“My dad is the best dad ever. I would kiss a pig for him.”
     1st grader

“My dad is a Frito-Lay man. That is an important job because Frito-Lay means chips, which is food. That is so important because you could not live without food.”
     1st grader

“The dad in my life isn’t really my dad. He’s my Grandpa. But he’s been like a dad to me since before I was born. . . .I hope that as I get older Grandpa will teach me all the stuff he knows about wood, and first-aid, and everything else he knows about. My Grandpa isn’t my Father, but I wouldn’t trade him for all the dads in the world.”
      3rd grader

“Sometimes as a joke I’ll put my stinky socks in his briefcase, so at work the next day he will think of me! He’s always at the concerts and plays that I’m in, even though he lives about an hour away.”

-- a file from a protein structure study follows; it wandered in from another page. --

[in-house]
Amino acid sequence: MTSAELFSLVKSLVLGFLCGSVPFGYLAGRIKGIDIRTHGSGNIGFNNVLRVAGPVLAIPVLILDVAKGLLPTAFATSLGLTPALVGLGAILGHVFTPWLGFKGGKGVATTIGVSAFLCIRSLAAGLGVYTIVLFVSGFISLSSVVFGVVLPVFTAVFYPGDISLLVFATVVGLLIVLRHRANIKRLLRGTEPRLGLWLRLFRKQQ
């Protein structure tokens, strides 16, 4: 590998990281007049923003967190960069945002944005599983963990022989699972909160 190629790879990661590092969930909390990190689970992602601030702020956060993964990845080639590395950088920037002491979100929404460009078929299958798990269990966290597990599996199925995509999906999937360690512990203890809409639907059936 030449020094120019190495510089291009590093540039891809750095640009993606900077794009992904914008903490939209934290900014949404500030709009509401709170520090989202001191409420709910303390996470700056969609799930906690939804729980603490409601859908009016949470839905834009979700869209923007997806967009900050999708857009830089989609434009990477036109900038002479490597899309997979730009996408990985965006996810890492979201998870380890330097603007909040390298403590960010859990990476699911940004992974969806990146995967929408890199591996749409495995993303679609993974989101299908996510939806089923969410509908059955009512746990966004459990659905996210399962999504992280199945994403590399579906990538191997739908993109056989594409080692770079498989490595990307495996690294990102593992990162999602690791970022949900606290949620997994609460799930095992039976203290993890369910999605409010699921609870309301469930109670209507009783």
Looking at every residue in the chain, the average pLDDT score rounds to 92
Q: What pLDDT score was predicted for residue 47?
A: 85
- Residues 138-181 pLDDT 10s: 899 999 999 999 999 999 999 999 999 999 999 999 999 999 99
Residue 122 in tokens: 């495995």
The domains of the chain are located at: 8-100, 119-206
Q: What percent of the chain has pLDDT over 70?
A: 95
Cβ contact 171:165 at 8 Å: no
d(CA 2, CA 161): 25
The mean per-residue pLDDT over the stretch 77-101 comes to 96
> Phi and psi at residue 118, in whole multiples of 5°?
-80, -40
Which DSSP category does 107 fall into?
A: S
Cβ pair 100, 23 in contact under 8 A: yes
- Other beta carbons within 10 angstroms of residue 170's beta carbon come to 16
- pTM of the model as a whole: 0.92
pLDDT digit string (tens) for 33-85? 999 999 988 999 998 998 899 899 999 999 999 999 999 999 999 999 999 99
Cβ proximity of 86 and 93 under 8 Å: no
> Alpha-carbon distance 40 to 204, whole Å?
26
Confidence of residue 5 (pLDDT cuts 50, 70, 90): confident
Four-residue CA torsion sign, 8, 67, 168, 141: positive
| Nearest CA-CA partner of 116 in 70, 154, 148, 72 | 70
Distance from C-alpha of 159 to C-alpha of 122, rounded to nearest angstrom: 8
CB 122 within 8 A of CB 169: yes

4th grader

“…You know what else my dad does? He braids my hair. I’m the only girl I know whose dad braids her hair. I think that’s a perfect dad. He already is the world’s greatest dad to me. I just wanted everyone to know that.”
     5th grader

“One time I had an assembly and I was a soloist and my dad was in the first row and after my song I smiled at my dad and my dad smiled back and started crying. That was the best thing I ever saw.”
      6th grader


And finally . . .

Perhaps not all men should be passing along their genes.

According to a June 1 Reuters story, a 43-year-old German man was airlifted to the hospital after he fell off a second-story balcony during a spitting contest with his 12-year-old son.

A spokesman for the police said the man in the east German town of Forst had apparently lost his balance after leaning too far forward in his attempt to outspit his son.

He tumbled over the ledge and landed on a balcony of the ground floor apartment.